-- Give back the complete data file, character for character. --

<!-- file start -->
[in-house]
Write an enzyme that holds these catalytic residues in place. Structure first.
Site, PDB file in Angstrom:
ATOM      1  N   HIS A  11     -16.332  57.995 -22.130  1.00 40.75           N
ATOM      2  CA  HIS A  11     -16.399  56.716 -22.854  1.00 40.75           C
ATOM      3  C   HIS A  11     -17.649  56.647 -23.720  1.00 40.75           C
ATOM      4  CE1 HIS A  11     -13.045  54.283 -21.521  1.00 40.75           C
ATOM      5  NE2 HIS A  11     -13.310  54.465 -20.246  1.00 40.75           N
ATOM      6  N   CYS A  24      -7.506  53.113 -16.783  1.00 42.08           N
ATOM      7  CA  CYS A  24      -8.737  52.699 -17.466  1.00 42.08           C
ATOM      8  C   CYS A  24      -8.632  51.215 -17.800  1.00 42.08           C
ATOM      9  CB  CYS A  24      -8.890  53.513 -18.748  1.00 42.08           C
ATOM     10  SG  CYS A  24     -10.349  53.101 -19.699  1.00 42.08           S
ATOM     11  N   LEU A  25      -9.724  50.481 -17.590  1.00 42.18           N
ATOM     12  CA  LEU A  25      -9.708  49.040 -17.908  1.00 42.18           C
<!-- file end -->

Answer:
[in-house]
Write an enzyme that holds these catalytic residues in place. Structure first.
Site, PDB file in Angstrom:
ATOM      1  N   HIS A  11     -16.332  57.995 -22.130  1.00 40.75           N
ATOM      2  CA  HIS A  11     -16.399  56.716 -22.854  1.00 40.75           C
ATOM      3  C   HIS A  11     -17.649  56.647 -23.720  1.00 40.75           C
ATOM      4  CE1 HIS A  11     -13.045  54.283 -21.521  1.00 40.75           C
ATOM      5  NE2 HIS A  11     -13.310  54.465 -20.246  1.00 40.75           N
ATOM      6  N   CYS A  24      -7.506  53.113 -16.783  1.00 42.08           N
ATOM      7  CA  CYS A  24      -8.737  52.699 -17.466  1.00 42.08           C
ATOM      8  C   CYS A  24      -8.632  51.215 -17.800  1.00 42.08           C
ATOM      9  CB  CYS A  24      -8.890  53.513 -18.748  1.00 42.08           C
ATOM     10  SG  CYS A  24     -10.349  53.101 -19.699  1.00 42.08           S
ATOM     11  N   LEU A  25      -9.724  50.481 -17.590  1.00 42.18           N
ATOM     12  CA  LEU A  25      -9.708  49.040 -17.908  1.00 42.18           C